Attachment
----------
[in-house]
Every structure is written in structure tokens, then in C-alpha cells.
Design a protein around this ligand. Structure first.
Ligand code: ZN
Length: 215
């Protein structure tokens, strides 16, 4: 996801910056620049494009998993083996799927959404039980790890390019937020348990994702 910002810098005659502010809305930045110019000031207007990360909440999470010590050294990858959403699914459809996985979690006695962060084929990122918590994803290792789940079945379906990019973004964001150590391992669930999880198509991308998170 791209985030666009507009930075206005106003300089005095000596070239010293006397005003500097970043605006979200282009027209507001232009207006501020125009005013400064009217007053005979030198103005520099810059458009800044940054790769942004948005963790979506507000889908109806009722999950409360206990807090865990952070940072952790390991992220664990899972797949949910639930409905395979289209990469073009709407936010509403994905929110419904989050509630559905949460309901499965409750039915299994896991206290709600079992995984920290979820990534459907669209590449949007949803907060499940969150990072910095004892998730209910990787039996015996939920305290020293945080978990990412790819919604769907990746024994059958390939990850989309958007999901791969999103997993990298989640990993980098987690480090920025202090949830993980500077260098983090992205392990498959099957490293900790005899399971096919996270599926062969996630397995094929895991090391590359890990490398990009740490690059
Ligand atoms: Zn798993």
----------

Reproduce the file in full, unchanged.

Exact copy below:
[in-house]
Every structure is written in structure tokens, then in C-alpha cells.
Design a protein around this ligand. Structure first.
Ligand code: ZN
Length: 215
């Protein structure tokens, strides 16, 4: 996801910056620049494009998993083996799927959404039980790890390019937020348990994702 910002810098005659502010809305930045110019000031207007990360909440999470010590050294990858959403699914459809996985979690006695962060084929990122918590994803290792789940079945379906990019973004964001150590391992669930999880198509991308998170 791209985030666009507009930075206005106003300089005095000596070239010293006397005003500097970043605006979200282009027209507001232009207006501020125009005013400064009217007053005979030198103005520099810059458009800044940054790769942004948005963790979506507000889908109806009722999950409360206990807090865990952070940072952790390991992220664990899972797949949910639930409905395979289209990469073009709407936010509403994905929110419904989050509630559905949460309901499965409750039915299994896991206290709600079992995984920290979820990534459907669209590449949007949803907060499940969150990072910095004892998730209910990787039996015996939920305290020293945080978990990412790819919604769907990746024994059958390939990850989309958007999901791969999103997993990298989640990993980098987690480090920025202090949830993980500077260098983090992205392990498959099957490293900790005899399971096919996270599926062969996630397995094929895991090391590359890990490398990009740490690059
Ligand atoms: Zn798993």